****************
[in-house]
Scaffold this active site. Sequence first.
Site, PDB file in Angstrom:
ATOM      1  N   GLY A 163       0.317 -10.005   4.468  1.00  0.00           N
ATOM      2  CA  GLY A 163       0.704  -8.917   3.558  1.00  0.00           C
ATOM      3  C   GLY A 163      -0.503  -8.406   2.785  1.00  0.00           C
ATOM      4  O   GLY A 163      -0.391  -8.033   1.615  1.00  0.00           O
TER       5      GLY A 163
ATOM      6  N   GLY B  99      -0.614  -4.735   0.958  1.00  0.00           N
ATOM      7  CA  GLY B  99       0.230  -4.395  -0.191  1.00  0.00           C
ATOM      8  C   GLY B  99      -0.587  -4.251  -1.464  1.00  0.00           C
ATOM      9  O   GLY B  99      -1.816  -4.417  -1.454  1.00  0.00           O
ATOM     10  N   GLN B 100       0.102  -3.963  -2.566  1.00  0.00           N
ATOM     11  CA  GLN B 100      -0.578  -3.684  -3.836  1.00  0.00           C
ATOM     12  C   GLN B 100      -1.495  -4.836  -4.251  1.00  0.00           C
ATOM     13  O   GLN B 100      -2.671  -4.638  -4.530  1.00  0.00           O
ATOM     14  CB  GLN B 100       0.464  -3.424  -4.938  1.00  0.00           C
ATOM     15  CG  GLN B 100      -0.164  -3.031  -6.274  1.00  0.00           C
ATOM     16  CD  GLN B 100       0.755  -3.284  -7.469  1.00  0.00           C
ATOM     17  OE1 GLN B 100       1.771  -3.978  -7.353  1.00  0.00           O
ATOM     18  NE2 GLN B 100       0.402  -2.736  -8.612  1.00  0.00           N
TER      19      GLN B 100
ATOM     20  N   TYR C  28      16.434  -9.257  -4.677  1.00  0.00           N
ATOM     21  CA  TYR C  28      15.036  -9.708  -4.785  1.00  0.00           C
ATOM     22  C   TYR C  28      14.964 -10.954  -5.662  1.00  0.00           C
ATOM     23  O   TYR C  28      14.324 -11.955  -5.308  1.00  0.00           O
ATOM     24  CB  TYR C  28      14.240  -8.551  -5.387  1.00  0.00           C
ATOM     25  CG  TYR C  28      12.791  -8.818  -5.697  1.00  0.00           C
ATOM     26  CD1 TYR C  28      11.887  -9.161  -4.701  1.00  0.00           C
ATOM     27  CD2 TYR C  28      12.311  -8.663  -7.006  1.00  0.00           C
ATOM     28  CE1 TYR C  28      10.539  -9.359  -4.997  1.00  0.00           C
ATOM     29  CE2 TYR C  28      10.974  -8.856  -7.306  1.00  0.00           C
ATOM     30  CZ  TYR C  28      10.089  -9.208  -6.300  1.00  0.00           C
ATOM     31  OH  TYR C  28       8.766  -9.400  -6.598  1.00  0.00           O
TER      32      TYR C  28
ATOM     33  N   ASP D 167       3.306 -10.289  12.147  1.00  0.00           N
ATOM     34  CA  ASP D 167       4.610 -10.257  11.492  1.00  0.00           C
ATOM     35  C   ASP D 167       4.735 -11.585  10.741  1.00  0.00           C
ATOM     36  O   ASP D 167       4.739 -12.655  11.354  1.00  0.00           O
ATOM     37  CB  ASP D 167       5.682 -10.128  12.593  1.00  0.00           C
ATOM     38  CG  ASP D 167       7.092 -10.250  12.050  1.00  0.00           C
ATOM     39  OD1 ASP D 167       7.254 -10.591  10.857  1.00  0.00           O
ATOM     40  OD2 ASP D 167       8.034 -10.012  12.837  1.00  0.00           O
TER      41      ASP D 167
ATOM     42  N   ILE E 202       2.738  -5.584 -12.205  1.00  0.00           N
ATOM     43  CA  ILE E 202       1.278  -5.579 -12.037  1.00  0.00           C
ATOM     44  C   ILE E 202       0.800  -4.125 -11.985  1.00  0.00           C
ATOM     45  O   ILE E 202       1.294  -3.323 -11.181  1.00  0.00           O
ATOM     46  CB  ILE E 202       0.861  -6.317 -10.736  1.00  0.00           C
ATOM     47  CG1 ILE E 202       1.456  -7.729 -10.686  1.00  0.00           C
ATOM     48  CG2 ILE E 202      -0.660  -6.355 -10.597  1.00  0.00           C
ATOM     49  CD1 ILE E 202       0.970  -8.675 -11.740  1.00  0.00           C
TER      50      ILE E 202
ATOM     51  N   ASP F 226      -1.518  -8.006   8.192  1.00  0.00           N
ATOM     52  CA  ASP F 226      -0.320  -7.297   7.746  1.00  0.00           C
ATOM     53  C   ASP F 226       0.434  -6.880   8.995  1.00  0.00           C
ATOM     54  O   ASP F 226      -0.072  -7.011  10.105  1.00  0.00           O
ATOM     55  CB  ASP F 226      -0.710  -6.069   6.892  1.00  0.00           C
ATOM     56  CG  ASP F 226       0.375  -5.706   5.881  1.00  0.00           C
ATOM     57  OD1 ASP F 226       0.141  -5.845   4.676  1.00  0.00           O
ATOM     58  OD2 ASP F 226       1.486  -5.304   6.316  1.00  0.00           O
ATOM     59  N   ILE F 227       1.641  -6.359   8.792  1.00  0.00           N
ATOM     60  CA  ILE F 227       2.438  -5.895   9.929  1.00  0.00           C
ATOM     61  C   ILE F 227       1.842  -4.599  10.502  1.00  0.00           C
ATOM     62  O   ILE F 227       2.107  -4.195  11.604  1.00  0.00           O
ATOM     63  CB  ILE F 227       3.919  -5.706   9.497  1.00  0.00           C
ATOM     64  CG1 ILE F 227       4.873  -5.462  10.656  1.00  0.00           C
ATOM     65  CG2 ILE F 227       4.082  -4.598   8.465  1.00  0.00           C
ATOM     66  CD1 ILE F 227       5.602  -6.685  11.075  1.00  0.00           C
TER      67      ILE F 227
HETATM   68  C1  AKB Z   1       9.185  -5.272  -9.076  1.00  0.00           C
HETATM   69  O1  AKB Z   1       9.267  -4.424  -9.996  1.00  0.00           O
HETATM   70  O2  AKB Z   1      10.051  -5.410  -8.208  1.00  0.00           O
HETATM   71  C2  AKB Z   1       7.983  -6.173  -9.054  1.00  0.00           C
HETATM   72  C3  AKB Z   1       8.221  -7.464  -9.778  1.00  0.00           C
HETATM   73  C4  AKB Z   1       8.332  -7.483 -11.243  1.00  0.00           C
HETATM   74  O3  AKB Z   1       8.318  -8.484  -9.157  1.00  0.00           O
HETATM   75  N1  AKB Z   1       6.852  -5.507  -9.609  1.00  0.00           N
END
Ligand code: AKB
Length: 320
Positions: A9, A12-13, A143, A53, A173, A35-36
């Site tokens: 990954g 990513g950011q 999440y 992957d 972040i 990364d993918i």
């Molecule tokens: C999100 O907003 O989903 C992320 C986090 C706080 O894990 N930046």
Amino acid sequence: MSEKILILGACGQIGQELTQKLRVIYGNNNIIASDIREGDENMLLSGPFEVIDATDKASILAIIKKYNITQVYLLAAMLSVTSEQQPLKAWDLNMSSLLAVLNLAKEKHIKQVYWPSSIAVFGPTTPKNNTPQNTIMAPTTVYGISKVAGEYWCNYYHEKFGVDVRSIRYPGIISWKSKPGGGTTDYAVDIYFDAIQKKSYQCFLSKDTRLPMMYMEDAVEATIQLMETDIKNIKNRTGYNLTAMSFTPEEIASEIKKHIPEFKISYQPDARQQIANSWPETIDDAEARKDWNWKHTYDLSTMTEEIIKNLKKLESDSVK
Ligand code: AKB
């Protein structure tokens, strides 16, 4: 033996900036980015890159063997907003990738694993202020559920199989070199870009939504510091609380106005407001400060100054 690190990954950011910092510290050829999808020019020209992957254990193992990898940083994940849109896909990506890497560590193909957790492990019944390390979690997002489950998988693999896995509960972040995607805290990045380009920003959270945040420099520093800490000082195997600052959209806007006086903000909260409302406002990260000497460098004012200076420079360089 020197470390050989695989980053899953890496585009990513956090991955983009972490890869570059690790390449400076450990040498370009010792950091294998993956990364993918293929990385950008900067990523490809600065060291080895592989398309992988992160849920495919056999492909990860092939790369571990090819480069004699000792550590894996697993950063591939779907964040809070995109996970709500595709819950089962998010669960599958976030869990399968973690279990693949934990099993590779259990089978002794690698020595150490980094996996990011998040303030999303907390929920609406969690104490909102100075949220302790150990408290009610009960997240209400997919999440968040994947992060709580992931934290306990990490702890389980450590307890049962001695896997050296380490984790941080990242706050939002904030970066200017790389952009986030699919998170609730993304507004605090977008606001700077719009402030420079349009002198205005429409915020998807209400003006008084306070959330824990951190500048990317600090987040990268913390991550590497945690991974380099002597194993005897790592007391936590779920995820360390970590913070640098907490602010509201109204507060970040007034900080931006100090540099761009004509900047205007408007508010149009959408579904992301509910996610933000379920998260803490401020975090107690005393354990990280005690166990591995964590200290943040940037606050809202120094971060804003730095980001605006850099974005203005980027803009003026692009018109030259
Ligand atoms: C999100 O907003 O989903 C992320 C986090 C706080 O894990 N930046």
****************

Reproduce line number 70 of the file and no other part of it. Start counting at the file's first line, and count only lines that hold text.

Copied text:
TER      67      ILE F 227